When it gets really cold, people, it’s said, turn blue.
Well, in Norwich, so do the sidewalks, after they have been treated with de-icer. Town Manager Neil Fulton says there’s a good reason for that.
"The purpose of the blue is so we can see it. It could have been red and green. I’ve kidded some people that come next Christmas is we’re going to ….do red and green instead of blue-maybe we’ll be patriotic and do all three colors." Fulton said.
He’s had some poly-syllabic explaining to do about the day-glo liquid brine the town is experimenting with this year.
"So it’s 30 percent magnesium chloride plus the corn carbohydrates that lowers the freezing temperature of it which means it’s more effective at lower temperatures. It’s not as slick as other products." he said.
Fulton says this mixture has anti-corrosive agents which makes it more environmentally friendly than the typically applied sodium chloride, and he says it does not harm pets who lick it.
"We’re hopeful that if the costs are right and our experience as an effective de-icing agent are right it’s something we will use in the future because it’s going to cause less harm to the vegetation next to the sidewalks," Fulton said.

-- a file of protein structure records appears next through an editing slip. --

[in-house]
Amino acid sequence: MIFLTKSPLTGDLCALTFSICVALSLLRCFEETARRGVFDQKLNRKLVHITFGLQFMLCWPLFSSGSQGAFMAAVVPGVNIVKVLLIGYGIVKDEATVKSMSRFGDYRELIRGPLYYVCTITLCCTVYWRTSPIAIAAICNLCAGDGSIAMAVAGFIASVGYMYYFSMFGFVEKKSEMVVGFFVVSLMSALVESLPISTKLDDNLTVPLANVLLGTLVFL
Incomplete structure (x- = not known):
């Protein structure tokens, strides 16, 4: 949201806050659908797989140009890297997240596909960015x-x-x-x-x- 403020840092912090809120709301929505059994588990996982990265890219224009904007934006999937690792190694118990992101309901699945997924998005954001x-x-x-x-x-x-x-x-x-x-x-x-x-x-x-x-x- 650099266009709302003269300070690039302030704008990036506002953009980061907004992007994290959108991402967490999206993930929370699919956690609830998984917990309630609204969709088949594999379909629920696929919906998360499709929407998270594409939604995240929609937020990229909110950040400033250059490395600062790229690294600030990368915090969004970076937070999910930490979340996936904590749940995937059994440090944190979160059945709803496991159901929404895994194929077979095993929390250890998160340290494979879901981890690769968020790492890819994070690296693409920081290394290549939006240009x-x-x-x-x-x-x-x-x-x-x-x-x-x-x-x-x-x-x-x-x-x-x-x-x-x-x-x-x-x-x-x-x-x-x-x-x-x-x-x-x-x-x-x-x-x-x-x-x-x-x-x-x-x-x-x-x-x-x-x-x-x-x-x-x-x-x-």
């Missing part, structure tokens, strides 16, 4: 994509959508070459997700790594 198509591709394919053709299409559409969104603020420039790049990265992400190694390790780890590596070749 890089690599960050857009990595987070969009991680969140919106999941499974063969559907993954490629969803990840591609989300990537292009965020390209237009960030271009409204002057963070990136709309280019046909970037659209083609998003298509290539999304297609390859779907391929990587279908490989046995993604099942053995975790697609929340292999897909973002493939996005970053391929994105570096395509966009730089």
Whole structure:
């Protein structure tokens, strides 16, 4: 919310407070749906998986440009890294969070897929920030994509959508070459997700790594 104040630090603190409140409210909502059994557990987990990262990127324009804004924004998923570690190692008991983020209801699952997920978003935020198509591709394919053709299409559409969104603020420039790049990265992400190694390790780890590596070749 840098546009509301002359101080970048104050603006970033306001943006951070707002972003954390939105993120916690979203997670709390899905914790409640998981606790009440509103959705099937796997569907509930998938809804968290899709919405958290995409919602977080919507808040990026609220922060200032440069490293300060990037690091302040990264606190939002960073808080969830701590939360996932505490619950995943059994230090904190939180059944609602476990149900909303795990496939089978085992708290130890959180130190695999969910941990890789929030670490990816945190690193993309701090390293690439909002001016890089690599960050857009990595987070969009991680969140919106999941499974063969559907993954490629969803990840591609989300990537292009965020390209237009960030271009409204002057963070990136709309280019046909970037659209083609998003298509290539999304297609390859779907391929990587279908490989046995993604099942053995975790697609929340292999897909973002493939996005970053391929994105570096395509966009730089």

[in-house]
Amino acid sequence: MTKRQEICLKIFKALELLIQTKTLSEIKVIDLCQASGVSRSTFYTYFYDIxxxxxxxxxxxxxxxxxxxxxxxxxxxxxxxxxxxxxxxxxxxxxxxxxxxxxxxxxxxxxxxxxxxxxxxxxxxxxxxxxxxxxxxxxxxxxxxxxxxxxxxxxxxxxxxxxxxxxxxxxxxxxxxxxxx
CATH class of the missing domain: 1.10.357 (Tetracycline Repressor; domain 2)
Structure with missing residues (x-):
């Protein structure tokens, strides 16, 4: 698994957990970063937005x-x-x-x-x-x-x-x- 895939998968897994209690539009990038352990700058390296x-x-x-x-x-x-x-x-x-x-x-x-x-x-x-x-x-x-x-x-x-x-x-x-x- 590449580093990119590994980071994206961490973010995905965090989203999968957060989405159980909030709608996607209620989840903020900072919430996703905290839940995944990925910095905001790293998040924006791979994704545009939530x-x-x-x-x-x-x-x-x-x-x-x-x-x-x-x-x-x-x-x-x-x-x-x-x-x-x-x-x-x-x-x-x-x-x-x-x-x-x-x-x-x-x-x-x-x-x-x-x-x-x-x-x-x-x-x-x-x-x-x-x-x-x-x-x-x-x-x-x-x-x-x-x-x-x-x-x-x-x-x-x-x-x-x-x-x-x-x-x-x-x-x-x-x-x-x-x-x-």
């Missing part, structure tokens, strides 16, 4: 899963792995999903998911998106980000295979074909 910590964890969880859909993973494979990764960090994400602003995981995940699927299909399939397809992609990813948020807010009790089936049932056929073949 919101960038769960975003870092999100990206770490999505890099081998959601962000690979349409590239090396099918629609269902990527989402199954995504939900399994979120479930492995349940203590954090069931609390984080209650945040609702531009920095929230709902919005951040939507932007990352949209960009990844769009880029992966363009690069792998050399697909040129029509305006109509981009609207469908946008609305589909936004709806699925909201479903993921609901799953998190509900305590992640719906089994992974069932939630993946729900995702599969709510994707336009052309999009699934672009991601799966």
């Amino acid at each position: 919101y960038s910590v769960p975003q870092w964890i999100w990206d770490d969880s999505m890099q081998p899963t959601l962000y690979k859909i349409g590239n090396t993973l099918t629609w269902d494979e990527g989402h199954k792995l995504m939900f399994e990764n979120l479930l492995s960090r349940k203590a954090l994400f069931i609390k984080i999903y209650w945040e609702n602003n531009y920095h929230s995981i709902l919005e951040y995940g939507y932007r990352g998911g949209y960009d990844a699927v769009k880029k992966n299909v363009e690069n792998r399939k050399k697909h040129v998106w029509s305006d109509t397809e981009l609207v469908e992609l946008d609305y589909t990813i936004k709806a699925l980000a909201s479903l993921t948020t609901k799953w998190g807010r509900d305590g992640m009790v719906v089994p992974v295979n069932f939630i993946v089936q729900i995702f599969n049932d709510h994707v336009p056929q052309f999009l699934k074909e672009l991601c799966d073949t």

The product, sold as "Caliber M 1000," may not have caught on in Vermont yet, but it has been tested in western states. A report for the Colorado Department of Transportation finds that the de-icer contains some phosophorus, ammonia, and organic matter, which may impact watersheds, but adds that any potential problems are, quote, "not profound or irreversible." Town Manager Fulton says Norwich will study the effects before switching long term.
But some local merchants aren’t crazy the way it looks. Amy Lems owns EcoSalon, where she avoids toxic products.
"Blue?" Lems wondered aloud. "Maybe people think blue is prettier than the yucky brown of sand. Frankly, I would rather have a little bit of clean-up with something that we know is neutral, such as sand, that’s brown and not as attractive. But we absolutely know that it’s not going to cause problems down the road."
Lems worries that we may not fully know how the blue de-icer affects the environment.
Trudging through the slush after school, ten year old Jack Reichert wishes it were more rainbow-like.
"Why not make, just put a bunch of different colors in so it can be a mix?" he asked. " Instead of blue. Of all the colors, why blue?"
His brother disagrees, saying he likes the blue hue and hopes it keeps people from falling down.